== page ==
Munch some healthy bites

Munch some healthy bites

Munch some healthy bites

As a kid, I grew up in a joint family, and had the advantage of relishing a variety of food items. However, not in my wildest dreams did I know that cooking would one day turn into a passion for me.

Eventually, this passion of mine turned into my profession as well. I should say that one of my biggest inspirations has been my brother who is a gold medallist in Hotel Management. He has mentored me throughout my culinary journey. If I remember right, ‘Mysore pak’ was the first thing I made and I still enjoy making it.

It was after I quit my job in 2008, when my son was born, that I took up cooking seriously. Thanks to my strong connect with food, I utilised my time baking cakes and making homemade chocolates.

After a couple of years, I worked as a consultant with Webber Grill and started
conducting workshops and de-stress sessions for couples and corporates through

I see my kitchen as a laboratory where I experiment a lot with various ingredients. Chettinad, Kerala and Goan food are my favourite cuisines. Though my forte lies in making exotic desserts like ‘croquembouche’, I have switched my preference to explore the goodness of Indian food based on the principles of Ayurveda and natural preservation.

Currently, I am experimenting with millet based food with an attempt to break the notion that it can be used to make only a few specific dishes. I want to bring in the versatility of this ingredient by using it in cakes, bread, desserts, ‘biryanis’ and some non-vegetarian dishes. ‘Raagi’ has a distinct taste with health benefits.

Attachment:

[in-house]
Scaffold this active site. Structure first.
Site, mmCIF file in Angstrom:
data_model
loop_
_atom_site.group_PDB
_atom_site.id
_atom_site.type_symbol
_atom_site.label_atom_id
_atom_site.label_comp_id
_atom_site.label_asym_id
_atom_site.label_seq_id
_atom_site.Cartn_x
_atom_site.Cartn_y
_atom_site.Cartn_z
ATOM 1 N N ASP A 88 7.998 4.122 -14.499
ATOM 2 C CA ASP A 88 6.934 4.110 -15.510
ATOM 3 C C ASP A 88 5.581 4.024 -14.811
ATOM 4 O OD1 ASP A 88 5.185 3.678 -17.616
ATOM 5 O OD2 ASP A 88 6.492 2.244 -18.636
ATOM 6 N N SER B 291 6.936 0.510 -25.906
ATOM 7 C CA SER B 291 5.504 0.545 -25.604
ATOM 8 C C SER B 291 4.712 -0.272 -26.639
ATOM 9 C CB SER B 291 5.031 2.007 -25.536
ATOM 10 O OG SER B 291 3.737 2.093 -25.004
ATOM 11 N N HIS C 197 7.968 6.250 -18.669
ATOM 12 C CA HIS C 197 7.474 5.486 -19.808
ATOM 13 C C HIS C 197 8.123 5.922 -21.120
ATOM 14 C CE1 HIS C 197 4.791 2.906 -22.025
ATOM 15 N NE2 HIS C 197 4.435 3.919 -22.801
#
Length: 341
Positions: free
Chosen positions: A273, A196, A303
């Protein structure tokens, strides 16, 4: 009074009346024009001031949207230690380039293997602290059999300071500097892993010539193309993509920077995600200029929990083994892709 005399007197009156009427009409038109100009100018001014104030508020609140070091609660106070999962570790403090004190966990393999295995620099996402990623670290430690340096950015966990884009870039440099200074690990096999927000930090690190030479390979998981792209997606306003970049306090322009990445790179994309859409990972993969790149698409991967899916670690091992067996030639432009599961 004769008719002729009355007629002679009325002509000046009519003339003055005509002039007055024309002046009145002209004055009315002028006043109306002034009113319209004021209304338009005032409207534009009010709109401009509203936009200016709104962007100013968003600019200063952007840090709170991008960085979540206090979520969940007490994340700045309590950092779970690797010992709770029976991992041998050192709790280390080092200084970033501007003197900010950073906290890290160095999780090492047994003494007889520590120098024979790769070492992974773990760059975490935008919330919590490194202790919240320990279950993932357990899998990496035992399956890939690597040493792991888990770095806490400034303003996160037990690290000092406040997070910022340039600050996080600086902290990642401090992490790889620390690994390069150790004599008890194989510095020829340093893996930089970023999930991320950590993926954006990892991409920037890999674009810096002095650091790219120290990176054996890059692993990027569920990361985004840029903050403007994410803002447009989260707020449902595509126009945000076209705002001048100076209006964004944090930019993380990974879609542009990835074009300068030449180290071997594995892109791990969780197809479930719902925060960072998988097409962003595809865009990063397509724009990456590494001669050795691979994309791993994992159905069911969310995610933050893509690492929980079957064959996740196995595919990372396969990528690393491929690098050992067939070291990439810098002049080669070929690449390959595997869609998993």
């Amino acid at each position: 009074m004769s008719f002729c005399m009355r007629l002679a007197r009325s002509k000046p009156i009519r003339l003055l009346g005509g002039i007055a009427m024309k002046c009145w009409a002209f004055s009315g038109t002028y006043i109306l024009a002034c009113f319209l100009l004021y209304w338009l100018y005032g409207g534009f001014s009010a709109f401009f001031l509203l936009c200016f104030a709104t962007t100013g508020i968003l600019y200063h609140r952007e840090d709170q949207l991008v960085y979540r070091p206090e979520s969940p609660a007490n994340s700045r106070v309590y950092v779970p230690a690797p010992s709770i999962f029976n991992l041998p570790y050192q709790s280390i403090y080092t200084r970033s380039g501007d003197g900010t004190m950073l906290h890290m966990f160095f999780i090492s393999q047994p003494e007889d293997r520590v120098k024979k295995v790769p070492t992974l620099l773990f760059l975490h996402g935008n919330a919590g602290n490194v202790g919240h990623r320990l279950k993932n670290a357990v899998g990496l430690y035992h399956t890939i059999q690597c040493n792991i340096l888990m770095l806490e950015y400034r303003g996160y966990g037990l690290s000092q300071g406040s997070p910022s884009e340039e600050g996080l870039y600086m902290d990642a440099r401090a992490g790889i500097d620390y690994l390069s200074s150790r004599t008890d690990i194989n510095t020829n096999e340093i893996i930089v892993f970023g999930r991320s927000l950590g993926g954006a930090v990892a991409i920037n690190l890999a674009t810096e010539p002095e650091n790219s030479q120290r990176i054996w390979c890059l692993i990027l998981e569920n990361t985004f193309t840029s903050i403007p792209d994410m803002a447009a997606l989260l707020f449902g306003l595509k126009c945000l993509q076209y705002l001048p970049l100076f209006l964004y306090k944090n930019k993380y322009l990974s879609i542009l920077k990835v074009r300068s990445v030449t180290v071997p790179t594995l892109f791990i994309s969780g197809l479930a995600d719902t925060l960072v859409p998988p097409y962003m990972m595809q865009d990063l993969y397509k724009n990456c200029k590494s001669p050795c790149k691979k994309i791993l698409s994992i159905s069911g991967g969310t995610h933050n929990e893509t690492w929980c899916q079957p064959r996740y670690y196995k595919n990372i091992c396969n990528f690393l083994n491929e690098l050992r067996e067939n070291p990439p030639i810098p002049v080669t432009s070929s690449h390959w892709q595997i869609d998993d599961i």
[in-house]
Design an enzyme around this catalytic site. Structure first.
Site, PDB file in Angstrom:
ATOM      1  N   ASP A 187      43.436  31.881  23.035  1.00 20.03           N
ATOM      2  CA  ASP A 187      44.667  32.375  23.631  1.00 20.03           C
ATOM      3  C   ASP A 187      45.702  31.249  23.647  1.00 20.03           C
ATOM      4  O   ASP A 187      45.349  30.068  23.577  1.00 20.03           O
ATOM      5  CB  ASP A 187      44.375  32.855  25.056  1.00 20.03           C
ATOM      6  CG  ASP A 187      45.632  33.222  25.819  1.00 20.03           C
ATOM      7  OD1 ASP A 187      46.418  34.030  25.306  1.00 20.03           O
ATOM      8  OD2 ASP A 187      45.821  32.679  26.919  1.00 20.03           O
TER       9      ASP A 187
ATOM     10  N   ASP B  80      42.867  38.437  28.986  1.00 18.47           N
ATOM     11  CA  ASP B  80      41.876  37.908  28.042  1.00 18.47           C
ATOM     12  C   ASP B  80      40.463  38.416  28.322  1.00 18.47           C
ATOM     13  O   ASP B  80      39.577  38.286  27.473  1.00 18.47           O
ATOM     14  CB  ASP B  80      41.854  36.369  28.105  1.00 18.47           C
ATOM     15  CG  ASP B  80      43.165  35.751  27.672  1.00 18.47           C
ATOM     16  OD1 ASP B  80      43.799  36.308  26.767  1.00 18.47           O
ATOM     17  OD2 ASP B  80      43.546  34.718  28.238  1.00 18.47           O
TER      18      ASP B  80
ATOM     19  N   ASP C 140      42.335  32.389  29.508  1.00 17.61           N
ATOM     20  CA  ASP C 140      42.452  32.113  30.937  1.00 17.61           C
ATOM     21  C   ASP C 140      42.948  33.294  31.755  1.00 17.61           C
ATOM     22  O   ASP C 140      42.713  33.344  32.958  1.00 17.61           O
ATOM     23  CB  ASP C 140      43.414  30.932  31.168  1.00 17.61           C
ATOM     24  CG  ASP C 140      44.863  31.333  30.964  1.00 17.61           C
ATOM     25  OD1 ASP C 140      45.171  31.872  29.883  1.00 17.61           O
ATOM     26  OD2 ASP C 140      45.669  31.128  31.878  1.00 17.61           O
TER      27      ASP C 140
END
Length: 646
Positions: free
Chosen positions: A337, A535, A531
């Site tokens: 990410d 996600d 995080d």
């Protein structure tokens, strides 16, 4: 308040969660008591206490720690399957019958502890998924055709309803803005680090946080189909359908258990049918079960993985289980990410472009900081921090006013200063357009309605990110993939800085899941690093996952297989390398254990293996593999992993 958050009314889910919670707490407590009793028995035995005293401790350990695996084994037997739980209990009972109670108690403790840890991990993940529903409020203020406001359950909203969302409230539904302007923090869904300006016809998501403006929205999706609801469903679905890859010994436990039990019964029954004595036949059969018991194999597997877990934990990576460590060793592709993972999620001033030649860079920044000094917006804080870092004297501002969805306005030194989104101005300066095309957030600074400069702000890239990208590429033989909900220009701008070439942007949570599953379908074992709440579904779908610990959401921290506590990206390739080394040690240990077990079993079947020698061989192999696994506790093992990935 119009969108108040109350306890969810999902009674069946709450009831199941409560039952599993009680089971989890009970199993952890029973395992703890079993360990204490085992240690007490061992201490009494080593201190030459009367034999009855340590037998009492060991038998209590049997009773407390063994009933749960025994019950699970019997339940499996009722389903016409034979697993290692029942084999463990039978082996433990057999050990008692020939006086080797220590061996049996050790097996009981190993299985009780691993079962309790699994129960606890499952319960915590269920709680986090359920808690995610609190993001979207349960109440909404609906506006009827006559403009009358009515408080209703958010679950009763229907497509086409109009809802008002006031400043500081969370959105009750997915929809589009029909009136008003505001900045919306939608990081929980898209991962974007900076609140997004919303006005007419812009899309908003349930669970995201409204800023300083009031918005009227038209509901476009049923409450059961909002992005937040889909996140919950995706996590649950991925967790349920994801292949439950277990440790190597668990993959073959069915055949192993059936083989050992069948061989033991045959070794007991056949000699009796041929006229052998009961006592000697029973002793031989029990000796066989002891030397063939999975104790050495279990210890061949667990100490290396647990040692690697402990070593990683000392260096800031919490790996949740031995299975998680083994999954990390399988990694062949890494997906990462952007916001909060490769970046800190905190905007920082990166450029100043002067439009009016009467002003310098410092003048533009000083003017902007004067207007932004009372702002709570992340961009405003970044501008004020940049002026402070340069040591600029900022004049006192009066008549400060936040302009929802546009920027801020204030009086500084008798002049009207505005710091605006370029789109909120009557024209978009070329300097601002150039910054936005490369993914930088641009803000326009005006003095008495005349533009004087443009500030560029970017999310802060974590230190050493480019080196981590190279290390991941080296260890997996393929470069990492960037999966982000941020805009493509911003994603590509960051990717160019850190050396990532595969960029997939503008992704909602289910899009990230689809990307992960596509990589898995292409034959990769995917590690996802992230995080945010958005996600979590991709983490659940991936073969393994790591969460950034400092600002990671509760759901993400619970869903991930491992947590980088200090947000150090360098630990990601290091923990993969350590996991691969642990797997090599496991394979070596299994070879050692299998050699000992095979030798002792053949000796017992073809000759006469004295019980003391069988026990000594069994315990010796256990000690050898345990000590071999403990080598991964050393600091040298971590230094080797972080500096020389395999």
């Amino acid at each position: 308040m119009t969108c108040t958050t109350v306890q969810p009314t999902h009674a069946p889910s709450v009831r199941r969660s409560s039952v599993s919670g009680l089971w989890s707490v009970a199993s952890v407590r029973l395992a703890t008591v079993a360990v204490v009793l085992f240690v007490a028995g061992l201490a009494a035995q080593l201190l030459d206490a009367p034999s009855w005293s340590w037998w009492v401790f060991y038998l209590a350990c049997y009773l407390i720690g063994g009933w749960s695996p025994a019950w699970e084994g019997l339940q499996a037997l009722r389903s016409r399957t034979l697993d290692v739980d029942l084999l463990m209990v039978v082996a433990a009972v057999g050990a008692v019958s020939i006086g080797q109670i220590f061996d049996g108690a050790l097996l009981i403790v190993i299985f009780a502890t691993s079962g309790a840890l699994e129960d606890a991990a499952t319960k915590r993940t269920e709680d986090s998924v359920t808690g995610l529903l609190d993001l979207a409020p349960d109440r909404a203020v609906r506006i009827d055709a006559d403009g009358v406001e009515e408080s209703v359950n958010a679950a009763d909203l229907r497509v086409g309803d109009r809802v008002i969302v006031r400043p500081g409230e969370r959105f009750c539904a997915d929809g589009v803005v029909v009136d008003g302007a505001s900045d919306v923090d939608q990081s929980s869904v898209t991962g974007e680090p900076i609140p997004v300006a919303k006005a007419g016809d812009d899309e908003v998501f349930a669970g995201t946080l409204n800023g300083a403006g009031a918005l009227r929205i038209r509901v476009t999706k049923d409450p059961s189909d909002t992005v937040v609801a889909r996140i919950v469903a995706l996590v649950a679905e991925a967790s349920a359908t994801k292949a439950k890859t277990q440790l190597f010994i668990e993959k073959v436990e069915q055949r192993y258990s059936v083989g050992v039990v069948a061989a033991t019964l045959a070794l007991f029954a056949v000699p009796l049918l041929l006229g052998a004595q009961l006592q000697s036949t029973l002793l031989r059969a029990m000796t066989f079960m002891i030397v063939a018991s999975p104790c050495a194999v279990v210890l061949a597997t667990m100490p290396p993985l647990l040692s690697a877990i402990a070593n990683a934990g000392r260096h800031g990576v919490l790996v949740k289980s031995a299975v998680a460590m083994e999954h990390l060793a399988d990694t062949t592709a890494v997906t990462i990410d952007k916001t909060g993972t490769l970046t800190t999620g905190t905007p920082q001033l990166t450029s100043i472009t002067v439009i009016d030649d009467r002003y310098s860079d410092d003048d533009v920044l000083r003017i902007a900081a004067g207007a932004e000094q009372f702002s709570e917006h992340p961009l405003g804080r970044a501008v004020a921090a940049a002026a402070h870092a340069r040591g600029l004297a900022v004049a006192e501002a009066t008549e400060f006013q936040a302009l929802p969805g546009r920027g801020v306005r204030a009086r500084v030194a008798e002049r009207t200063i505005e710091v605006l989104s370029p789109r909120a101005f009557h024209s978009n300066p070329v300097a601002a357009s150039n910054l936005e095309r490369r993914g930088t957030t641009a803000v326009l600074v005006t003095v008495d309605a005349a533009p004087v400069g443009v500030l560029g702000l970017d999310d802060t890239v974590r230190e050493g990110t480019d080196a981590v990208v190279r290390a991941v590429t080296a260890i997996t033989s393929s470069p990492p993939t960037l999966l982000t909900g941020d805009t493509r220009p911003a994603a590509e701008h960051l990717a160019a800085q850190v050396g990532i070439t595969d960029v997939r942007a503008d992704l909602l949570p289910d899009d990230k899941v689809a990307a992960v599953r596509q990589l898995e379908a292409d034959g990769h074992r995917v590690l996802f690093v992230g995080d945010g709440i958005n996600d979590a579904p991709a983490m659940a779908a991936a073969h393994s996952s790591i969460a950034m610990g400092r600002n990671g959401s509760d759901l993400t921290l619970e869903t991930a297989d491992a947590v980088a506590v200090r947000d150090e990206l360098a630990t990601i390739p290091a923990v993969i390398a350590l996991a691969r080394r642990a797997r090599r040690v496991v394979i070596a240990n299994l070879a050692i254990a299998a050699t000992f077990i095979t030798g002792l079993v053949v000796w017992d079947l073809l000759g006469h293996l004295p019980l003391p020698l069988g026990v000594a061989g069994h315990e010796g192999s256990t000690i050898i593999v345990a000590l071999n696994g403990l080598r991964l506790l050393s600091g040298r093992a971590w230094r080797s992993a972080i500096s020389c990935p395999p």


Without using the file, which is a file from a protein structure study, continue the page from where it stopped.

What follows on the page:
It is a great source of calcium, protein, carbohydrate, fibre, thiamine and iron.
Today I am sharing the recipe of ‘desi raagi salad’. Sprouted ‘raagi’ increases the Vitamin C levels  which in turn helps in easier absorption of iron.

(As told to Surupasree Sarmmah)
(Neetha can be contacted at 9611035792)

‘Desi Raagi Salad’

n Raagi Sprouts - 1/4 cup
n Diced de-seeded tomatoes - 1/4 cup
n Diced pineapple pieces - 1/4 cup
n Diced cucumber - 1 cup
n Diced yellow bell pepper - 1/2 cup
n Diced apples - 1/4 cup
n Diced tender beans - 1/4 cup
n Raisins - 1/8th cup
n Roasted peanuts- 1/8th cup

For salad dressing
n Organic jaggery powder - 2 tsp
n Extra virgin olive oil or cold pressed coconut oil - 11/2 tbsp
n Lemon juice - 2 to 3 tsps
n Green chilli paste - 1/2 tsp
n Mustard powder - 1/4 tsp
n Finely chopped coriander - 1 tsp
n Himalayan pink salt to taste
n Freshly crushed black pepper - 1/2 tsp

To sprout the raagi
n Wash the raagi grains and soak it in water overnight.
n Next afternoon drain out all the water .
n Line a clean muslin cloth over a perforated vessel.
n Place the drained raagi seeds in the center of the cloth and tie it up.
n Let it rest for at least 10 hrs or keep it overnight.
*You will see the tiny sprouts the following day.

n Boil the sprouted raagi in hot water for 2 minutes and drain it completely.

Make the salad dressing
n Mix the Organic Jaggery powder, Extra virgin Olive Oil, Lemon juice, Mustard powder, Lemon Juice, Green Chilli paste, Himalayan Pink Salt, Chopped Coriander. In a large bowl, assemble all the diced vegetables, fruits, raisins and nuts and the Raagi. Pour the dressing over it and give it a good toss. Sprinkle freshly crushed pepper for a punch and enjoy.

n Sprouted Raagi can also be sun dried and powdered . This powder can be used for making Porridge or Raagi balls too. Health and Nutritious too.

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